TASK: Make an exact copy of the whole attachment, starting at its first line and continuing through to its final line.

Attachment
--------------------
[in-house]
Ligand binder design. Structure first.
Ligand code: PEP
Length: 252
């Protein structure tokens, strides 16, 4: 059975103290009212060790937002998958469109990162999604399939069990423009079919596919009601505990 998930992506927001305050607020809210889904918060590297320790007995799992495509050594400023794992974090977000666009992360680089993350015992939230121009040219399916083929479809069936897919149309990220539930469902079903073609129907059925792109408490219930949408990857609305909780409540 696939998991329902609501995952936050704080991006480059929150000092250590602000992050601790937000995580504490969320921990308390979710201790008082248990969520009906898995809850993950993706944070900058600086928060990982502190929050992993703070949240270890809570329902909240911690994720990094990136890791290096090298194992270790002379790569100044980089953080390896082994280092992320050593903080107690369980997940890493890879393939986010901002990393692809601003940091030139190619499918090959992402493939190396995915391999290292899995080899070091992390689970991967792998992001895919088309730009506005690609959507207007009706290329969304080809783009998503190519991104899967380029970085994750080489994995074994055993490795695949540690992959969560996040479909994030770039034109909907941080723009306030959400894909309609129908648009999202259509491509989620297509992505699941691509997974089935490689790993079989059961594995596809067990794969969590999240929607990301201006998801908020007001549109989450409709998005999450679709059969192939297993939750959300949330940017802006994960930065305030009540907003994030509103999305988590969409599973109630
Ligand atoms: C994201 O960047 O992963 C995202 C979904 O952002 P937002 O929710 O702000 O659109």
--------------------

[in-house]
Ligand binder design. Structure first.
Ligand code: PEP
Length: 252
């Protein structure tokens, strides 16, 4: 059975103290009212060790937002998958469109990162999604399939069990423009079919596919009601505990 998930992506927001305050607020809210889904918060590297320790007995799992495509050594400023794992974090977000666009992360680089993350015992939230121009040219399916083929479809069936897919149309990220539930469902079903073609129907059925792109408490219930949408990857609305909780409540 696939998991329902609501995952936050704080991006480059929150000092250590602000992050601790937000995580504490969320921990308390979710201790008082248990969520009906898995809850993950993706944070900058600086928060990982502190929050992993703070949240270890809570329902909240911690994720990094990136890791290096090298194992270790002379790569100044980089953080390896082994280092992320050593903080107690369980997940890493890879393939986010901002990393692809601003940091030139190619499918090959992402493939190396995915391999290292899995080899070091992390689970991967792998992001895919088309730009506005690609959507207007009706290329969304080809783009998503190519991104899967380029970085994750080489994995074994055993490795695949540690992959969560996040479909994030770039034109909907941080723009306030959400894909309609129908648009999202259509491509989620297509992505699941691509997974089935490689790993079989059961594995596809067990794969969590999240929607990301201006998801908020007001549109989450409709998005999450679709059969192939297993939750959300949330940017802006994960930065305030009540907003994030509103999305988590969409599973109630
Ligand atoms: C994201 O960047 O992963 C995202 C979904 O952002 P937002 O929710 O702000 O659109």